Free speech rights fuel debate over anti-Muslim movie clip

Free speech rights fuel debate over anti-Muslim movie clip
BAKERSFIELD, Calif. (KBAK/KBFX) — A Bakersfield woman's request to have an anti-Muslim movie clip taken off the Internet highlights the debate over free speech. A judge refused to order Google and YouTube to remove the offensive trailer.

Cindy Garcia argued she was duped by the filmmaker when she played a role in the low-budget film "Innocence of Muslims," and she's now getting death threats after altered versions of the clip led to violence in the Middle East.

The judge turned down the request to get the trailer removed, in part, because the filmmaker had not been served with a copy of the lawsuit.

The Internet companies reportedly argued removing the clip would be a violation of free speech.

From the California State University, Bakersfield Kegley Institute of Ethics, Dr. Christopher Meyers said he couldn't comment on the legal aspects of the case, but sharing ideas is a basic tenant of democratic society. Sometimes that means allowing offensive speech.

"Sometimes that means that complete idiots send ideas out, and they do extraordinarily offensive things," Meyers said. "The fact that people choose to react violently to the expression of stupid ideas is in itself an expression of stupidity."

Meyers said there are many examples of that, and the recent violent reaction to the anti-Muslim movie is the latest, and very tragic.

In Libya, riots and the deaths of the U.S. ambassador and three other Americans are blamed on slurs against Islam in the movie. Violence spread as more people saw the trailer online.

How far can free speech be ethically taken?

In Garcia's legal action filed in a Los Angeles court, her attorney argues the filmmaker and those putting the clip on the Internet, including YouTube "may have a right to free speech, but they do not have the right that extends to 'shouting fire in a crowded movie theatre and causing panic.'"

Meyers said it would be unethical to falsely yell "fire" into a crowd, but when an individual exercises their right of expression, it would be wrong if they know that "this activity presents a clear and present danger or threat of harm to life, or well-being of others."

He maintains the filmmaker had no reason to believe this clip would produce these violent reactions. There are choices in how to respond to offensive speech.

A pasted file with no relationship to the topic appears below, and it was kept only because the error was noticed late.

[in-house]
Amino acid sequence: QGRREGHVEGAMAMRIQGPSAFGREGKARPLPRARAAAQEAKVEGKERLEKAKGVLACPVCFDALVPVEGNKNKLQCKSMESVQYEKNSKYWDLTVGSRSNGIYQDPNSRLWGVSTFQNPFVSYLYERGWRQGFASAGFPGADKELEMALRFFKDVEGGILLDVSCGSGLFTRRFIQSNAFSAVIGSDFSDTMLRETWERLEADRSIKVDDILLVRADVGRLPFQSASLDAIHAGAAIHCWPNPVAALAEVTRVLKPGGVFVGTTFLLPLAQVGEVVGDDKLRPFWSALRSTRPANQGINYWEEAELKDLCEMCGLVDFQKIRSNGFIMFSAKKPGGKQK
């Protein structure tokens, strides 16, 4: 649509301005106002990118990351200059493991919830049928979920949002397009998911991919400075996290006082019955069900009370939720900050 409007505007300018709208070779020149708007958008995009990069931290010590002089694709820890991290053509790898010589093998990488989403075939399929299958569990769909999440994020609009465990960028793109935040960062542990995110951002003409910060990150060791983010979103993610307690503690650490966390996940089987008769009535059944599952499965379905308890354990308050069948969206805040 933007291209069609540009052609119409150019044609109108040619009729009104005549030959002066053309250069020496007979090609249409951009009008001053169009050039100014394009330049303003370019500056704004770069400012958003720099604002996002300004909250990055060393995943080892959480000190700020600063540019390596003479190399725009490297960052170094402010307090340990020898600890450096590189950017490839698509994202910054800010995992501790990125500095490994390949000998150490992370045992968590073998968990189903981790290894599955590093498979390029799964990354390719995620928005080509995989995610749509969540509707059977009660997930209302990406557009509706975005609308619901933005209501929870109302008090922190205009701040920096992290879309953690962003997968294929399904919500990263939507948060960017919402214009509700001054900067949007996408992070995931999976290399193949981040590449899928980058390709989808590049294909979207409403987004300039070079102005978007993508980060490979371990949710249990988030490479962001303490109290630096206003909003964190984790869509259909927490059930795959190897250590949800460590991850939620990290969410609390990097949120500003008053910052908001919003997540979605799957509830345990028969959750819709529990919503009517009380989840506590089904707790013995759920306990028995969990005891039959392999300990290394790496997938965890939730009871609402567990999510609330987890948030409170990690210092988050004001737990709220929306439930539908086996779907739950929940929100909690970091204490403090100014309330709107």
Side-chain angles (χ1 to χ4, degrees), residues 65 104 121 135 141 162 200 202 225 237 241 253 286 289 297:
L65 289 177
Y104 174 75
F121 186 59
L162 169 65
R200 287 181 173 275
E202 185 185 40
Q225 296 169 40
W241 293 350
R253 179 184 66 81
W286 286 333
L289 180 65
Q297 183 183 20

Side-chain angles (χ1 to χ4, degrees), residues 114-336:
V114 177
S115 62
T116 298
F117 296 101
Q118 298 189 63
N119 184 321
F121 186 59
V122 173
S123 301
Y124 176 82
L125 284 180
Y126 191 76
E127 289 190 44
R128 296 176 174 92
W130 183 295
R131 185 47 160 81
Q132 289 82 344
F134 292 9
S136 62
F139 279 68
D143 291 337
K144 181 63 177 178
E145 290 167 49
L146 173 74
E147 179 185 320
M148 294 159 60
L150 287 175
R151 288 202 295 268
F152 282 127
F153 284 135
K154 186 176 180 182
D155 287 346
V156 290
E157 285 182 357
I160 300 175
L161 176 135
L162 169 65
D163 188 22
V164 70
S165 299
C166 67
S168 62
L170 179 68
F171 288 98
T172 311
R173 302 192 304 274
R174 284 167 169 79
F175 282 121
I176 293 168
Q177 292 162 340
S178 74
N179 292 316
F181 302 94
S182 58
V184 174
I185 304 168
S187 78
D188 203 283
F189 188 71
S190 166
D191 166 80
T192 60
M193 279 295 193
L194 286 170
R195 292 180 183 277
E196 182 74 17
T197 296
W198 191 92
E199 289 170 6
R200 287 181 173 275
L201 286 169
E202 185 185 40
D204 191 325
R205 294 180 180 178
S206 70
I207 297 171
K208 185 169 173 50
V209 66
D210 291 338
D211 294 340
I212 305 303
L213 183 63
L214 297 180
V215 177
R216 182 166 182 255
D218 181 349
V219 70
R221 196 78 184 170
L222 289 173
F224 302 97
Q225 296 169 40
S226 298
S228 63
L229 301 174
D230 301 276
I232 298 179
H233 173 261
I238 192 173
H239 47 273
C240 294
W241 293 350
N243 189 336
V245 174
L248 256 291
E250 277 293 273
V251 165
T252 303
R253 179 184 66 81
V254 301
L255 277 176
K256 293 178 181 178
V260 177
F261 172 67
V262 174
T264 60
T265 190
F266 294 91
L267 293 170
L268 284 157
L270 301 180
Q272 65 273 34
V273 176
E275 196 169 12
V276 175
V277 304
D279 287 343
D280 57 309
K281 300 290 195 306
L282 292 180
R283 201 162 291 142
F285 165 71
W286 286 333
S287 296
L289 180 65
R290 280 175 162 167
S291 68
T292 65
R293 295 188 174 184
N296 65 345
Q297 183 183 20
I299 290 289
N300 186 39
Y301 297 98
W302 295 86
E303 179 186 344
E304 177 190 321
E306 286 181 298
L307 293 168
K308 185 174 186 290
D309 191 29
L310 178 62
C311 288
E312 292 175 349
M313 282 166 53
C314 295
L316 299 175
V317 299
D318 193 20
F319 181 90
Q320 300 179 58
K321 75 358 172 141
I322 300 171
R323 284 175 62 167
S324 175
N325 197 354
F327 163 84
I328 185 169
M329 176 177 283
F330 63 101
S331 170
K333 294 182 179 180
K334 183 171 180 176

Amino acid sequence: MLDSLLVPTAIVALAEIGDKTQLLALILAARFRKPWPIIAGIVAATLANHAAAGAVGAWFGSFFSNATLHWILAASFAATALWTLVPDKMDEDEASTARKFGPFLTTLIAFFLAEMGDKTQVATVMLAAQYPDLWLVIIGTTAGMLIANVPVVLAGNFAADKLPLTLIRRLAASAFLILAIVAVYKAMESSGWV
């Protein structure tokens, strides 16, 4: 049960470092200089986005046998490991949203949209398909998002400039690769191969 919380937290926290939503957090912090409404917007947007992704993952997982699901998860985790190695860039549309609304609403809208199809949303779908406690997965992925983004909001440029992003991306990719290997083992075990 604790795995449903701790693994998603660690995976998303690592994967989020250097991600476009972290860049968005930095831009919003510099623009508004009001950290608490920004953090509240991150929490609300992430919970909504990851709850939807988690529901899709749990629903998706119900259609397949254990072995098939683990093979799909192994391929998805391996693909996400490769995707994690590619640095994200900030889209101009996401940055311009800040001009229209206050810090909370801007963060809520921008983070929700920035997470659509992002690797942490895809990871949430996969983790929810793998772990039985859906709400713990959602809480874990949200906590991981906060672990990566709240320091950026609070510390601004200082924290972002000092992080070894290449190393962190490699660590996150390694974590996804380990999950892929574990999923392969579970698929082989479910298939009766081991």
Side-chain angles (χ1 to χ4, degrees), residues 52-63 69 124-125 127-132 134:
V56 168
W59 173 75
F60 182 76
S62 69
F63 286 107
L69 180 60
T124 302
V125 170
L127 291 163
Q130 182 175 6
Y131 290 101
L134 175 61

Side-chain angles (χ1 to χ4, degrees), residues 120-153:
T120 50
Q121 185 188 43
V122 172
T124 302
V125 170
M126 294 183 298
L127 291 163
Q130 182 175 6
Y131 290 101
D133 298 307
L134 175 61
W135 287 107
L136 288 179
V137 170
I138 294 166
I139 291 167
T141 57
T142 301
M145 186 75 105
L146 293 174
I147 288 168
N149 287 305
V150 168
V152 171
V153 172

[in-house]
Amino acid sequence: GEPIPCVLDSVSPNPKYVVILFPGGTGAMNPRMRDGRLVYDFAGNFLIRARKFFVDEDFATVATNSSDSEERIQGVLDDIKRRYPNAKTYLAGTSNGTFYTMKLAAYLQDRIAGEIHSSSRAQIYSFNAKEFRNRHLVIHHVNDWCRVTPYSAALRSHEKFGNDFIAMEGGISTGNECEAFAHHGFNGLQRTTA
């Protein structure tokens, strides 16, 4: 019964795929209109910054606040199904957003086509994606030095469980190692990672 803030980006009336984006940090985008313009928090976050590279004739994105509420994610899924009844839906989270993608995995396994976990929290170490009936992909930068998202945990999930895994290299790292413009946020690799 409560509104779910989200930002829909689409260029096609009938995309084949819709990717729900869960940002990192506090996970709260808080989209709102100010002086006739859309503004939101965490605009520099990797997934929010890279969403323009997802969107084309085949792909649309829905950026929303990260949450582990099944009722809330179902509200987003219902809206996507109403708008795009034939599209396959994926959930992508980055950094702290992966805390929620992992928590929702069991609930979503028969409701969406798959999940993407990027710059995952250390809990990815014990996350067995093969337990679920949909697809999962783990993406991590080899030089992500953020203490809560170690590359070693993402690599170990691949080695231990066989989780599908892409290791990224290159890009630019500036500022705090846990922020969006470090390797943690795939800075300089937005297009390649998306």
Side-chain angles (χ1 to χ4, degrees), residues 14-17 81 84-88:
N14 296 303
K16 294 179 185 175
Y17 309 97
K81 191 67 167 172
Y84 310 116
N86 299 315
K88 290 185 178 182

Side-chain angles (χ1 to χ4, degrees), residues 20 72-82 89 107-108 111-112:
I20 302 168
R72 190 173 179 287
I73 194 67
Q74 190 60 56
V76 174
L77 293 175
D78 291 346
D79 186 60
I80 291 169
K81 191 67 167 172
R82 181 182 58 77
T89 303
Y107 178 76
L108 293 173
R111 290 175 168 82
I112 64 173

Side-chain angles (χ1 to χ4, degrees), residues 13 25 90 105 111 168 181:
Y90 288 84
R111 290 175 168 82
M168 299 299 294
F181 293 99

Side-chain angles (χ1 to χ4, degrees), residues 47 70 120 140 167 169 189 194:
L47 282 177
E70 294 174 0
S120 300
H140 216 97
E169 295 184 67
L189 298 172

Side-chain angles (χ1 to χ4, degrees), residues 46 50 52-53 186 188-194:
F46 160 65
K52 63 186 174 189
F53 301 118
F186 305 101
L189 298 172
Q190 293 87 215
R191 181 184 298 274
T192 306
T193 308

"The right response is to peacefully protest and get others to recognize the wrongness of it," Meyers said. "But to turn that into a violent response, the responsibility has to fall on those committing the violence, not the person being an idiot."

Garcia said she and her family have been the targets of death threats since the clip went on the Internet. Meyers said with the potential global reach for information, "Google is trying to figure out, what are the fine lines to walk."

He added that CSUB happens to be hosting a special lecture on the issue of free speech. Erwin Chemerinsky will be the featured speaker in the event on Oct. 9 in the Dore Threatre on campus. The lecture will be free and open to the public, and starts at 7 p.m.

"If people are worried there's too much speech or not enough speech, this will be a great opportunity to come hear somebody do both a legal and moral analysis of that question," Meyers said.

Garcia also said while the others have a First Amendment right to free expression, they are actually depriving her of free speech.

"They can not use (Garcia), without her knowledge or consent, as a 'puppet' for their own speech, which is exactly what they did when they dubbed over her lines with words that are hateful to the Islamic religion and culture," her lawsuit reads in another section.

Attorney Cris Armenta told Eyewitness News on Thursday that Garcia was disappointed by the judge's ruling, and they disagree with the arguments by Google and YouTube. They plan to go back to another judge in a few weeks, and Garcia is ready for "round two."

Meyers said there are other examples of violence blamed on media influences like talk radio or movies. He points to the incident with the shooter at a movie theater in Colorado, saying some blamed that on the man's fascination with film violence.

"Should we not show Batman films?" Meyers says. "Well, no. But, maybe what are ways to ease people into it a little bit better."

He said the debate on free speech is difficult and ongoing.

"I don't think this issue will ever go away," Meyers said.